Glenn Beck is at it again. This time he’s making the claim that America’s two political parties are essentially indistinguishable from one another, that they want to do the same things and head in the same direction. The only difference, he insists, is the rate of the journey. He then suggests, without quite saying so, that it’s time to end the two-party system in America. And for effect, Beck had his staff build two coffins, representing both the Democratic and the Republican parties. (In the world according to Beck, America is about to step into the coffin, thanks to the failures of both parties.)
Beck’s argument strikes me as superficial; the differences between the two parties on issues — including health care, tort reform, taxes, the culture of life, America’s role in the world, and so much else – are obvious and don’t need to be elaborated on. For Beck to put forth the argument he does, in the manner he does, is evidence, I think, of a kind of animus toward political parties (Beck would probably insist that he is not against parties per se but simply against the choices before him now).
Contrast Beck’s attitude toward political parties with those of a founder of modern conservatism, Edmund Burke. In his outstanding biography on Burke, Carl B. Cone writes:
No man of his generation understood better than Burke how natural and how necessary it was for men of similar opinions to work together to give effect to their beliefs. …
Burke therefore lived at a time when a man who possessed a genius for expressing his ideas and who firmly believed in the rightness and necessity of parties might promote their growth. This Burke did not only by his writings but by his activities in and out of parliament as a party man. As a practical politician even more than as the political philosopher, Burke helped devise political practices and conventions without which the modern British constitution could not have come into existence. Burke was an architect of the constitution because he was a party politician. …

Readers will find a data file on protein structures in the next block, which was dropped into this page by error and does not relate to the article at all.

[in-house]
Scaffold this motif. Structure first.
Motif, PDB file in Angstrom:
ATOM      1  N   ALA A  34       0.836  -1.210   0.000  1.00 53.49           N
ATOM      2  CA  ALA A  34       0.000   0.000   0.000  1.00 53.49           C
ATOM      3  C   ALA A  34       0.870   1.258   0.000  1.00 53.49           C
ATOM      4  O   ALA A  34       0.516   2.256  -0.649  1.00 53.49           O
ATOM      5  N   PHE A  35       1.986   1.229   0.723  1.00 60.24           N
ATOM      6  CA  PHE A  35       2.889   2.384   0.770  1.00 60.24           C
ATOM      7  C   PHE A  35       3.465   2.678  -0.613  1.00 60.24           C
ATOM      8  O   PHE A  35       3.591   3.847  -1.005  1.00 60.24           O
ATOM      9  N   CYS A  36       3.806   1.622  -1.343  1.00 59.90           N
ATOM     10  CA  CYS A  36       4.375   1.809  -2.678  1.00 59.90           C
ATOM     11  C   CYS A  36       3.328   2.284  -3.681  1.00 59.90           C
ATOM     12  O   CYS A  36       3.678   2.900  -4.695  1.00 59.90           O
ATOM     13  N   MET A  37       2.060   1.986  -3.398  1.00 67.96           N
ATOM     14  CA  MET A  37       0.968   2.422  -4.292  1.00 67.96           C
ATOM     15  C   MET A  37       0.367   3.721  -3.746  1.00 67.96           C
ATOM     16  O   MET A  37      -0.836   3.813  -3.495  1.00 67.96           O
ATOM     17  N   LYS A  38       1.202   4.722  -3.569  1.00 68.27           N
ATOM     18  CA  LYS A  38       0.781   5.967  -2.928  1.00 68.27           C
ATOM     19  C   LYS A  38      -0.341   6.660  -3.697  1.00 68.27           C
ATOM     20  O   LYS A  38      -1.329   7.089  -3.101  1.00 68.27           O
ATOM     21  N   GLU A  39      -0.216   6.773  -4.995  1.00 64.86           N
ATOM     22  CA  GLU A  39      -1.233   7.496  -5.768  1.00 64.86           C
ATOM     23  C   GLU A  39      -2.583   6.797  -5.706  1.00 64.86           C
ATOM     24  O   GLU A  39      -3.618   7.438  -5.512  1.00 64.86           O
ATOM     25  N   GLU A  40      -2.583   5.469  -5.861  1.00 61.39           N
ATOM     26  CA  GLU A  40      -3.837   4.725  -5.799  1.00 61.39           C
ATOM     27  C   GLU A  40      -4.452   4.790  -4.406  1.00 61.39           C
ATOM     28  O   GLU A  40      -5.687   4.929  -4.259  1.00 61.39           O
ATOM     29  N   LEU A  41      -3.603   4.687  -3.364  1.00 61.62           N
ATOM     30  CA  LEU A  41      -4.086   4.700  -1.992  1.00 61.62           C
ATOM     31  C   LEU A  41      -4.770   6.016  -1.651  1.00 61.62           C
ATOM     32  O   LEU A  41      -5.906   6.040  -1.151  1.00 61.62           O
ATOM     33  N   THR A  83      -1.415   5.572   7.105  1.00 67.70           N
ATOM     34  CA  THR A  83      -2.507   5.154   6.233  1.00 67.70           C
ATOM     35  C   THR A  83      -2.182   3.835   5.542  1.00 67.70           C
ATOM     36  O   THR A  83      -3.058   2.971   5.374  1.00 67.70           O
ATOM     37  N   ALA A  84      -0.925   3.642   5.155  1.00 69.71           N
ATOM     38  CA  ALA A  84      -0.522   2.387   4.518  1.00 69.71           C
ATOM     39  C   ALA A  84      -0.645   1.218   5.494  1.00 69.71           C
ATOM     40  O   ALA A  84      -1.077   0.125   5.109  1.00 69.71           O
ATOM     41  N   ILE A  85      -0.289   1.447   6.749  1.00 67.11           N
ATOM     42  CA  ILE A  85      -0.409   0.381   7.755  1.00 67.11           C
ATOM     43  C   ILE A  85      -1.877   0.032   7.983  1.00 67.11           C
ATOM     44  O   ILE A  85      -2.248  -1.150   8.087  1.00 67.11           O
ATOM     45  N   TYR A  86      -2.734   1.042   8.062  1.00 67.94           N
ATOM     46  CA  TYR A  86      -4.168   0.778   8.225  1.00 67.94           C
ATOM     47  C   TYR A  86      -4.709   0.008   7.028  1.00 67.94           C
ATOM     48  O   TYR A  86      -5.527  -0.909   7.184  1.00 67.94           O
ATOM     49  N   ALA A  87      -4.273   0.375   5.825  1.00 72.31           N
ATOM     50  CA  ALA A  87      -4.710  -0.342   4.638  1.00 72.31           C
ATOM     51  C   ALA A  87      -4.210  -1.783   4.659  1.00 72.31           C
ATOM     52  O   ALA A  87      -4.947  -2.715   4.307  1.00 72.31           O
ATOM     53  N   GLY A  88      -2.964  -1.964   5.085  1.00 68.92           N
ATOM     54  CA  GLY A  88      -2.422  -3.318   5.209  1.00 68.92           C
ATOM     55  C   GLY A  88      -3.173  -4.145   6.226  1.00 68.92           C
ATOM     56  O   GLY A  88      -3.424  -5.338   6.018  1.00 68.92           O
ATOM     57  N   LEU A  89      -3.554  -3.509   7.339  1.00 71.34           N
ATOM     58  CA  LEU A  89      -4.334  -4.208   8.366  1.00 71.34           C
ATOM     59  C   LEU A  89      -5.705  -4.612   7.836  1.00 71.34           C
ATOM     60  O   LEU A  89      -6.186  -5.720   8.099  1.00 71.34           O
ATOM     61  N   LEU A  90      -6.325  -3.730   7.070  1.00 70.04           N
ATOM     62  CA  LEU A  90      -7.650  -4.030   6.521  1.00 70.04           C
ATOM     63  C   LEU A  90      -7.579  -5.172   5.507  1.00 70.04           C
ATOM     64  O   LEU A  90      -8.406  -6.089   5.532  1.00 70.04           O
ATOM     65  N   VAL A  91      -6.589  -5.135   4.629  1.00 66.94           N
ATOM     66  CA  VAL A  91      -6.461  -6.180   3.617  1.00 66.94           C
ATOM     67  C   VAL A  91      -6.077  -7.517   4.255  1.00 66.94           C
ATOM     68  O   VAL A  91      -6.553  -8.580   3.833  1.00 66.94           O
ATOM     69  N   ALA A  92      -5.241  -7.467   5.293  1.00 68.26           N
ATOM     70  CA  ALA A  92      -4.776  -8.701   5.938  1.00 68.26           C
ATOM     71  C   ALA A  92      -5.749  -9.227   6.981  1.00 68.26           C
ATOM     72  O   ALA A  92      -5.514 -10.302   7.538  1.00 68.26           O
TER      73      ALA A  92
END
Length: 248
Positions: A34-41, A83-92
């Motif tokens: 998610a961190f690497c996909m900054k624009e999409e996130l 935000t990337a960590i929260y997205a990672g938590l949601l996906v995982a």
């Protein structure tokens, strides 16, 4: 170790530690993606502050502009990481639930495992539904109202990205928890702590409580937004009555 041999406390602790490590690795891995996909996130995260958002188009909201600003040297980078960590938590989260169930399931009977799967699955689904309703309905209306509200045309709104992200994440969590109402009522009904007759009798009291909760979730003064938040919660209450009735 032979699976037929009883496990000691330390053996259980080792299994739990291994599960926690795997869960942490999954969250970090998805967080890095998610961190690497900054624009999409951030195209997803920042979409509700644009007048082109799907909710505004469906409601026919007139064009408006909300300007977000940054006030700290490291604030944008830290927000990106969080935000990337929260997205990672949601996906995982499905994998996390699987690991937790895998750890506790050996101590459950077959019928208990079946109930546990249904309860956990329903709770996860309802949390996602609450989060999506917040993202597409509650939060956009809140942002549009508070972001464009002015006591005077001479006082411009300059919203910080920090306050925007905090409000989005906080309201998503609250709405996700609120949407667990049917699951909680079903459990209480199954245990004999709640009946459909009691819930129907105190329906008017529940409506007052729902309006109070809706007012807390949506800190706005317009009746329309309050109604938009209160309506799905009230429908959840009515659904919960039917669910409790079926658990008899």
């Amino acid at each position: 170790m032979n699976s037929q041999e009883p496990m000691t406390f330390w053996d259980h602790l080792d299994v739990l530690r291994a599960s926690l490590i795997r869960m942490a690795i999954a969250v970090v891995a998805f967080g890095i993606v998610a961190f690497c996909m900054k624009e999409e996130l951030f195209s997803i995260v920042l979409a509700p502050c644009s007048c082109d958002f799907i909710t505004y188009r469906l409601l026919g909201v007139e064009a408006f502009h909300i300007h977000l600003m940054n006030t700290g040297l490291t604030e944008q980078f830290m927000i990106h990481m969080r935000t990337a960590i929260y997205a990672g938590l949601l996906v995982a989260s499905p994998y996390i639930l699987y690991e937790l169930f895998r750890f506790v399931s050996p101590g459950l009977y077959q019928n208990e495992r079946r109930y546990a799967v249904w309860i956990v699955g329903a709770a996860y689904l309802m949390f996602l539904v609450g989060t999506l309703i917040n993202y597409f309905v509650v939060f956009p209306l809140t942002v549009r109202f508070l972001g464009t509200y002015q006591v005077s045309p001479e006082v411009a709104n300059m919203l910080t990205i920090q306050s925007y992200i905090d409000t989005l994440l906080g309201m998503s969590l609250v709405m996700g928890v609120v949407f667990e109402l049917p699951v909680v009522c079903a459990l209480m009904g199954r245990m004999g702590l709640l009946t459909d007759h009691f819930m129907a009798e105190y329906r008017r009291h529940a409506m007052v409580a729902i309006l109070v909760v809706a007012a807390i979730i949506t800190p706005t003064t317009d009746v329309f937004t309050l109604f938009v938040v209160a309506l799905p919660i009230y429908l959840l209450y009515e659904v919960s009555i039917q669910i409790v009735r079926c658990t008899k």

As he told the House of Commons on February 15, 1781, “Government is the exercise of all the great qualities of the human mind.” Oliver Goldsmith in 1774 spoke for all who knew Burke when he described him as devoting his best talents to the cause of party. But Burke disavowed Goldsmith’s assertion that he gave up to party what was meant for mankind. In Burke’s mind there was no contradiction. He did not forsake mankind in identifying himself with a particular political party. Given the nature of man and of politics, he had placed himself in a situation the better to serve mankind.
Burke understood that parties were not always right. And I happen to approach these matters as someone who considers himself to be a philosophical conservative before he is a Republican. Yet genuine conservatives understand the important role parties play in organizing people of similar beliefs to do the practical, and often the slow and imperfect, work of advancing an agenda that can eventually be translated into governing. We cannot expect perfection or utopia; what we can hope for is to make progress, a step (and sometimes two) at a time. It’s also worth pointing out that many of our greatest figures in American political history were men who proudly associated themselves with political parties — and the greatest figure in American political history, Abraham Lincoln, helped found one (the Republican party).